on the site there will be erected a mag
nificent brick and stone structure 62x112
feet in size and 72 feet in height from
the sidewalk to top of flag staff.
The main entrance will be on State
street, the main floor being six feet
above grade, the entrance being reached
by two broad stairways leading from the
walk to a porch 8x20 feet in size. In
the basement will be the gymnasium,
kitchen, dining rooms, dressing rooms
and baggage room. The gymnasium
hail will be 40x60 feet in size with com
modious gallery for spectotors.
The opera house proper will be reached
through a lobby 10x24 feet in which will
be the box offices. From the lobby 'the
patrons of the theatre will pass into a
large foyer upon the left side of which
will be the ladies parlor and toilet
rooms, with the same accommodations
for gentlemen at the right.
The plana show a capacity of from
800 to 1000, which will be seated with
opera chairs throughout. The stage,
which is after all the most important
adjunct of a theatre, will be 40 feet
deep by 60 feet wide with 28 foot open
ing, while the height from stage to grid
iron will be 46 feet giving ample room
for fly gallery and scene loft. An en
tire new outfit of scenery, including a
fireproof drop curtain, will be supplied
and all the stage appointments of every
description will be strictly modern.
There will be four private boxes, two on
each side of the stage, and the auditori
um will be finished in hard wood and
The entire building will be steam
heated and electric lighted and will cost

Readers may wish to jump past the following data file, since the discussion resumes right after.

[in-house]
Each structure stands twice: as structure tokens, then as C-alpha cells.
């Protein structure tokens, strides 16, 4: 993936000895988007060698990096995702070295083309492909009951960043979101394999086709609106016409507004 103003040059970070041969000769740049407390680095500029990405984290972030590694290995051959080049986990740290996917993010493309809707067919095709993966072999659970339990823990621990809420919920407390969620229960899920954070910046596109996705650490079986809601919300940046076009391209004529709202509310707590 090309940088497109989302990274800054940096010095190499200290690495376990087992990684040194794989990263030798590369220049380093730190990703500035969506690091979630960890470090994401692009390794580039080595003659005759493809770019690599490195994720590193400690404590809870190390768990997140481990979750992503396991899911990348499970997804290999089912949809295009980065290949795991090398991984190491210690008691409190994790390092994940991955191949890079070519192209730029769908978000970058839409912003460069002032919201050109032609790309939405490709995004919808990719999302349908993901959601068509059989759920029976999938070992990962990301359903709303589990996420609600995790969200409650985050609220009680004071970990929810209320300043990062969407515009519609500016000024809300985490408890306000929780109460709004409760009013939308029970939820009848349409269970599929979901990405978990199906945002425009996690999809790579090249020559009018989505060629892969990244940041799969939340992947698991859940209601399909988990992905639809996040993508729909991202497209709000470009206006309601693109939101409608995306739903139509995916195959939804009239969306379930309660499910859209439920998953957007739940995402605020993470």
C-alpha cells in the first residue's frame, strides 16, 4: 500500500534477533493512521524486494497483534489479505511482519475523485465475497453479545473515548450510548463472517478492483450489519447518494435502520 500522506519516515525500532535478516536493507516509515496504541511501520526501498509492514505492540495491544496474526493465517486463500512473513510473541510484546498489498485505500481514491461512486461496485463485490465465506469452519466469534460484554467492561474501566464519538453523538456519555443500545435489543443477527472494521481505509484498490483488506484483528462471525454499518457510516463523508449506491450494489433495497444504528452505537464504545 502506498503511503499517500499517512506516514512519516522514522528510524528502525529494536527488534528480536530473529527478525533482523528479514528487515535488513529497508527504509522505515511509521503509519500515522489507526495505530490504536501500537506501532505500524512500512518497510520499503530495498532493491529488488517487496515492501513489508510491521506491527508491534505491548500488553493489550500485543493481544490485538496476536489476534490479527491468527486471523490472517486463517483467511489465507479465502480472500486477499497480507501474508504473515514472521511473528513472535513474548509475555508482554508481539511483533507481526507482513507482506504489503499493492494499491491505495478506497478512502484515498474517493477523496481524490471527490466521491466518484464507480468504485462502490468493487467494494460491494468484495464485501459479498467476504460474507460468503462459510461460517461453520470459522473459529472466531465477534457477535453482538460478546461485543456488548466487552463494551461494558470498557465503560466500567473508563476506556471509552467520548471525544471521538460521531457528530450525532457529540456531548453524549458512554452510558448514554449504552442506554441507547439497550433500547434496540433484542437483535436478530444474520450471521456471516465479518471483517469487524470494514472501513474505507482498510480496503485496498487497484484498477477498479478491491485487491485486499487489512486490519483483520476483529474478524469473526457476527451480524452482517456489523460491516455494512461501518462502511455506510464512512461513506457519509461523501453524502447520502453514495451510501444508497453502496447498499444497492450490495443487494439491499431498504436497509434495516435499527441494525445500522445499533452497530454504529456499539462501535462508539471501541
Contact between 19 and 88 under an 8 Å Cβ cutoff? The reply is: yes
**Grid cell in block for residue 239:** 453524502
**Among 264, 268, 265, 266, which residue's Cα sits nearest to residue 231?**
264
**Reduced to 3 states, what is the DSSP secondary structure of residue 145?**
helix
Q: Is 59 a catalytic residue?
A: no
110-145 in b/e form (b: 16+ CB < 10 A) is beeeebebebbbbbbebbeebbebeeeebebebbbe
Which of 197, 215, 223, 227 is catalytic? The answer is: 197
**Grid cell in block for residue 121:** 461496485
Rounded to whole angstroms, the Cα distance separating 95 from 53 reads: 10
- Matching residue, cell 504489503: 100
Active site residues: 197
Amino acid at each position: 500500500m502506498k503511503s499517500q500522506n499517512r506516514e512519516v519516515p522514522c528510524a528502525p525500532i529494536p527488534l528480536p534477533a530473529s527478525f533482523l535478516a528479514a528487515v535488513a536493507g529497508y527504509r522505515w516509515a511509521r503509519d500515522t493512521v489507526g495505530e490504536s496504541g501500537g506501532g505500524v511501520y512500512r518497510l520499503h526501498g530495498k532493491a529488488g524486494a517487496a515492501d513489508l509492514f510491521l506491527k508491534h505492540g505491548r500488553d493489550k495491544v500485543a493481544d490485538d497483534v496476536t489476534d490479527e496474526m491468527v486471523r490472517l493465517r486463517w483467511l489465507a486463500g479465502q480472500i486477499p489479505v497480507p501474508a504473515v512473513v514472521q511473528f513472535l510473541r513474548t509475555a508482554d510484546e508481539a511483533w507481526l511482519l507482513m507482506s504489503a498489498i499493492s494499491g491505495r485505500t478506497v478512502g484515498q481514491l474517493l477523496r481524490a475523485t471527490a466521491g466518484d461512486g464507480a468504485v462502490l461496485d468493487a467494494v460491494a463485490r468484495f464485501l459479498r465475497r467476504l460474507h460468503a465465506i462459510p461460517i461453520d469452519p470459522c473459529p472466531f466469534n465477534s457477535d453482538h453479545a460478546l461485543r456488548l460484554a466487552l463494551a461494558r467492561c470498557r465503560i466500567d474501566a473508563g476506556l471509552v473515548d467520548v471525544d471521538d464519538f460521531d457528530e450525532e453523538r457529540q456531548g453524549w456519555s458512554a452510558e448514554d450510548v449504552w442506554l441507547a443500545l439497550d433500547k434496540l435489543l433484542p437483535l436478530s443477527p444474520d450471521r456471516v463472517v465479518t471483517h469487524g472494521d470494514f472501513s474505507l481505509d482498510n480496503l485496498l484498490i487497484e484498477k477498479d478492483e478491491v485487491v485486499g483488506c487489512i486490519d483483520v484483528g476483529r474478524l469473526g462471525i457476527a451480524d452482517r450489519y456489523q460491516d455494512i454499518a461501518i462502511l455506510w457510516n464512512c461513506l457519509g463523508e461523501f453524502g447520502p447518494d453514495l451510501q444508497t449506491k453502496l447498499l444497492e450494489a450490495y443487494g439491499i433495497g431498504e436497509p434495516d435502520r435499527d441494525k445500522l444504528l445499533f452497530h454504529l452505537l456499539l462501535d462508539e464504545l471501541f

when completed not less than 120,000.
The plans and specifications are now in
the hands of the building committee*
Messrs. H. Heimerdioger, J. Pfenninger,
Charles Toberer and Fred Pfaender, and
it is expected that the contract will be
let by June 1st and that the building
will be completed by October 1st. The
work of tearing down the old building
will be commenced June 12, immedi
ately following the closing of the en
gagement of the Milwaukee Stadt
Theatre company which opens in the old
hall June 7 for three nights.
11 having been paid to the comfort and
safety of the large audiences which are
expected to assemble therein.
fibs J. Newhart, accompanied by her
son, Dr^ H. J. Newhart, returned from a
short visit to the twin cities Friday af
The plans for the new structure were At Turner hall next Sunday evening
made by C. A, Heers of this city, and
are pronounced by competent authority tertainment of the "Zoegling Society"
as being excellent, the greatest attention
Those who have read the "Tiverton
Tales" of Miss Alice Brown will not be
urged to secure thev May "New Lippin
cott," in which, appears her first novel,
"April Showers," complete., ^All the
rustic beauty and humor which made up
the* "Tiverton Tales" are here lavished
on a novel whose plot is fresh and new
and whose characters are racy of New
England life. The tale turns on
theft of a bahy by its own reprobate
father, the runaway mother having died.
There is a counterplot of love,
deceit, and manly constancy^ For the
pnce of a single magazine one may thus
obtain a book more powerful and .no
less charming than the author's earlier
success. \£f&i4m Vm m&M-
S •*mmm^m *L *mW' »c.
a & O O W DOWJT TO ©IVB FIACB TO A MAGNIMCBNT
^**m KODBKW THBATJHB COSTING TWENTY THOrJSAlCTi T»rr^ «,
Richard,ftPrlBfleand ROJCO A Holland.
Lovers of old time minstrelsy were
were exceedingly well pleased by the
performance given by this combination